Tuesday, March 14, 2017

March Madness – How to Keep the Madness from Spreading from the Basketball Court to a Judicial Court

The NCAA Men’s and Women’s Basketball Tournaments start this week. While these exciting college sports events bring exciting comebacks, underdog wins, and pride in employee alma maters, they also can usher in several weeks of reduced productivity, potentially contentious employee interactions, and – believe it or not - legal risk.

In 2016, 70 million tournament brackets were completed, many of which involved office pools. The first round of March Madness reportedly costs employers an estimated $4 billion in lost productivity. As part of this decreased productivity, employers may experience an up-tick in absences and the live-streaming of games on employer technology that can detract from work time and create a serious technology lag for legitimate business applications. For example, it’s being reported that perhaps as many as 12 percent of employees will watch a basketball game during a work meeting this month.

To address these issues proactively, employers should consider reminding employees of their policies and procedures regarding attendance, performance, and technology usage. If an employer has an anti-gambling policy, it should also publicize and consistently enforce that policy. Supervisors can also address employees’ lack of productivity or absences on an individualized basis as needed. Above all, employers should uniformly apply whatever workplace policies they have in place.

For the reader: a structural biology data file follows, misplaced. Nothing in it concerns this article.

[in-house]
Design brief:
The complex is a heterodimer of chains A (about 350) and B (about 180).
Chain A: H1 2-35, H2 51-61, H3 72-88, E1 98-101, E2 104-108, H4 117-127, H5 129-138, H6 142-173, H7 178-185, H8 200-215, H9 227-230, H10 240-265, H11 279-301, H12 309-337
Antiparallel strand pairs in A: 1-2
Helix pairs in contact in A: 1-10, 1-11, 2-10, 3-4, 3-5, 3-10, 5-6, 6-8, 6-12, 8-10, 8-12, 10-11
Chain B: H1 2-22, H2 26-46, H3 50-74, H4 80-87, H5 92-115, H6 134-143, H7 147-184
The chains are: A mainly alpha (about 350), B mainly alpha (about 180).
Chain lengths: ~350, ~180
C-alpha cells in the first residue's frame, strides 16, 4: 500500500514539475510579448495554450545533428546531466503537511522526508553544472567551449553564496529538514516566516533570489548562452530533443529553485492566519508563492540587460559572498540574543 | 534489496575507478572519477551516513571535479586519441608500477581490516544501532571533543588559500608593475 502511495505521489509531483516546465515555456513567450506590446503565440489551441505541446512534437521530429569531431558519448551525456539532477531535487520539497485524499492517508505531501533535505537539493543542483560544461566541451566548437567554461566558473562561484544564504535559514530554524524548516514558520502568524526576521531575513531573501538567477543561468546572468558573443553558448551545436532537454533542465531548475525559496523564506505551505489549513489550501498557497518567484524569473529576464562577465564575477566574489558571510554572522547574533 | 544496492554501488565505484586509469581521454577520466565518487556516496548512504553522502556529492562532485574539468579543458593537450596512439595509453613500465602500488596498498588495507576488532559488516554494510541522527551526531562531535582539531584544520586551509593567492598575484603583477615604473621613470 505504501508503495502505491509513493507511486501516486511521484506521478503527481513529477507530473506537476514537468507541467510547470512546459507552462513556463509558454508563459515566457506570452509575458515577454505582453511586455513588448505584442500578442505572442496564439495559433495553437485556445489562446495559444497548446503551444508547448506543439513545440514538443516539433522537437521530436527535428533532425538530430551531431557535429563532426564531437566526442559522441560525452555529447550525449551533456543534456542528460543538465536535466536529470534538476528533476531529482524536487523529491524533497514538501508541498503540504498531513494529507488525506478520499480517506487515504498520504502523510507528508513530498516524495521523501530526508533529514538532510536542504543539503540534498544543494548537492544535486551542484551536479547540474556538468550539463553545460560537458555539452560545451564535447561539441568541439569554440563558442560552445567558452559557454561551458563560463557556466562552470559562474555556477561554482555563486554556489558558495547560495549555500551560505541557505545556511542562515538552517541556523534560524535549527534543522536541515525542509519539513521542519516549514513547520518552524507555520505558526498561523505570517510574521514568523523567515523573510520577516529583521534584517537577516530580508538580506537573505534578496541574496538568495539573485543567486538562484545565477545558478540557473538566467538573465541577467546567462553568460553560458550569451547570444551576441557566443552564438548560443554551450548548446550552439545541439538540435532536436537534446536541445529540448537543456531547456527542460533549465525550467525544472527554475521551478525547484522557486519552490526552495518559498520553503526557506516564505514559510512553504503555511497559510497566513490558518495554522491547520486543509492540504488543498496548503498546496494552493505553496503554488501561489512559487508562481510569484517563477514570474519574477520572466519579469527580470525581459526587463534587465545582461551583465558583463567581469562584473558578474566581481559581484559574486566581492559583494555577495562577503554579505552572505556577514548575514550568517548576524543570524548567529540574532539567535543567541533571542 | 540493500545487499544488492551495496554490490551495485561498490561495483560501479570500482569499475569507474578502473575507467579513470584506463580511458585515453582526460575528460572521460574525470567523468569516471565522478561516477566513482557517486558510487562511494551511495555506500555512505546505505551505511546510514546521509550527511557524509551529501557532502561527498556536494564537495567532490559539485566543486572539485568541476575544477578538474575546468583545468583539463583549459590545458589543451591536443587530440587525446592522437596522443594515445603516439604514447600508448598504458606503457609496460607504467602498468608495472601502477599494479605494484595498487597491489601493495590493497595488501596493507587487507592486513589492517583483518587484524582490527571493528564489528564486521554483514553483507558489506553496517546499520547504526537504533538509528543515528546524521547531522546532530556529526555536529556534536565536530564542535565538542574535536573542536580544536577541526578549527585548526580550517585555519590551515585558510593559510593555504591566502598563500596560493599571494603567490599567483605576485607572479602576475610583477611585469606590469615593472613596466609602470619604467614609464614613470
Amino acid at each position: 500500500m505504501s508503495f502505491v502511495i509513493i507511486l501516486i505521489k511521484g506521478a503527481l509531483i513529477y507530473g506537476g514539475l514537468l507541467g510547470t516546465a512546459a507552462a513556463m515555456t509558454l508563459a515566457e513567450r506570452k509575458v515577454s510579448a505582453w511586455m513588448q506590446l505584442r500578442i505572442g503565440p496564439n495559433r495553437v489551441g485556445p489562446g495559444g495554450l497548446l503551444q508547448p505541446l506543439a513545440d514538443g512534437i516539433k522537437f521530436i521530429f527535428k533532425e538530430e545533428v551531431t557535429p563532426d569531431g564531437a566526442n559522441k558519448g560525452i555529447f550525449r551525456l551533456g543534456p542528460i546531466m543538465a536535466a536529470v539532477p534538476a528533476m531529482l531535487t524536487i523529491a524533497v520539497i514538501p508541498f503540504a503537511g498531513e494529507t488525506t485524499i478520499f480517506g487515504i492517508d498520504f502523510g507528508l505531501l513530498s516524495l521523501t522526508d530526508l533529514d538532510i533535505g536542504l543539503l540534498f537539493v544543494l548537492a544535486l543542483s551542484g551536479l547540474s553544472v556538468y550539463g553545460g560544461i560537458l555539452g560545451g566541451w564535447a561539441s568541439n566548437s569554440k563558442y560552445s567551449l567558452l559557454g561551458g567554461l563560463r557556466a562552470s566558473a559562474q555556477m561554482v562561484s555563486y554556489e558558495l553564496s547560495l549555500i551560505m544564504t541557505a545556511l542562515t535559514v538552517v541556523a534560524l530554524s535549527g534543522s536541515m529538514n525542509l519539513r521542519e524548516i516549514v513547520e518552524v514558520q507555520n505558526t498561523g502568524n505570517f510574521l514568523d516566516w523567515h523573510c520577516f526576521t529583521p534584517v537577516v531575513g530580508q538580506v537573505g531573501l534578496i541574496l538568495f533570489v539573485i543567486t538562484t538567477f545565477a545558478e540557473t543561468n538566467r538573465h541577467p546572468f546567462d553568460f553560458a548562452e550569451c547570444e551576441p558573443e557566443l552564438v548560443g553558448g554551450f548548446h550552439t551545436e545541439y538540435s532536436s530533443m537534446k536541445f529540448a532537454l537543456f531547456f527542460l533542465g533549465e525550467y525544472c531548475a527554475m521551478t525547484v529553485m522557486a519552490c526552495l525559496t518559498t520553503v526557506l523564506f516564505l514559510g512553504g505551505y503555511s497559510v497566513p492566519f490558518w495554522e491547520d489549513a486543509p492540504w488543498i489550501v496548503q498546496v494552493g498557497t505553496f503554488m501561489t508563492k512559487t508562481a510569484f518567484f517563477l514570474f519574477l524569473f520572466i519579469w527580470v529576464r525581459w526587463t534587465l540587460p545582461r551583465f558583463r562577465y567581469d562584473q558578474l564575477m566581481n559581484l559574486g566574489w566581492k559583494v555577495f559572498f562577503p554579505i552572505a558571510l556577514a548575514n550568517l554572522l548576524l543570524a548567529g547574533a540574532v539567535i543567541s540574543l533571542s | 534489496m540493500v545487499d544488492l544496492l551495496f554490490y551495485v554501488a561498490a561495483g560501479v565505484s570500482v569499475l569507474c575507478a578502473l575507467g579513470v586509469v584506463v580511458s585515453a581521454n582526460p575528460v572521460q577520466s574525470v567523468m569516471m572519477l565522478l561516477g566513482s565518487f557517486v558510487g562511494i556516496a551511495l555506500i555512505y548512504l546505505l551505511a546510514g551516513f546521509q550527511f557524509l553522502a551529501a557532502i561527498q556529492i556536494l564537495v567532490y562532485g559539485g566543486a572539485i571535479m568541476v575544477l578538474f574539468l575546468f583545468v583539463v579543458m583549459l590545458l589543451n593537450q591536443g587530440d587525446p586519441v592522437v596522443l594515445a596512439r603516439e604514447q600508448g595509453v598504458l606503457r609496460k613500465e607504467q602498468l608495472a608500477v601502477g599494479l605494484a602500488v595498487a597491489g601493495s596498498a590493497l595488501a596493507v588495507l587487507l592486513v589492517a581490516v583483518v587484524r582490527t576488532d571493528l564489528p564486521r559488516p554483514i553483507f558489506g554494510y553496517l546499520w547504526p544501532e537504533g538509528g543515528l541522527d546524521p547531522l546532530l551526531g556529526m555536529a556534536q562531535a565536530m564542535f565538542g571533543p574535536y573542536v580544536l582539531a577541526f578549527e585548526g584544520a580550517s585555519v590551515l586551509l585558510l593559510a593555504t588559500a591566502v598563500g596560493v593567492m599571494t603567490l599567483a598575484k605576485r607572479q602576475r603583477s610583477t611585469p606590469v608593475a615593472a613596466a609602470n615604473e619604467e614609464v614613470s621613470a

Employers should also be vigilant about possible workplace conflict that could erupt, for example between Hoosiers and Wildcats or Blue Devils and Jayhawks fans. The surge of collegiate pride can turn into workplace tension, particularly if the employees are part of a March Madness bracket. Additionally, employees who do not get swept away with “tournament fever” may feel left out and excluded from social activities with colleagues during this month, and as a result conflicts may increase. Fortunately, most workplace conflicts don’t involve violence, but employers should have clear workplace safety and conflict resolution procedures that are clearly communicated to employees and followed by supervisors.

Finally, employers should be cautious before establishing any official workplace pool. Laws in most states, including Minnesota, prohibit sports betting and certain types of workplace brackets. In Minnesota, for example, any “bet” is illegal unless it qualifies for a specific exception. “Private social bets” are one such exception, but certain tournament brackets do not qualify for that exception. For instance, the owner of the location holding such a bet (like an employer) cannot derive any profit from the wager, cannot organize regular occasions for the bets, or advertise their occurrence. This would seem to rule out many employer-sponsored basketball brackets. Furthermore, tournament brackets are illegal if an entry fee is required. While it remains uncertain whether the Minnesota Department of Public Safety would take much interest in an employer-sponsored tournament bracket, employers should be aware of the law and act accordingly.

As in the world of basketball, March brings many close calls for employers as well. Employers should consult legal counsel if they have any questions regarding March Madness or other employee issues.


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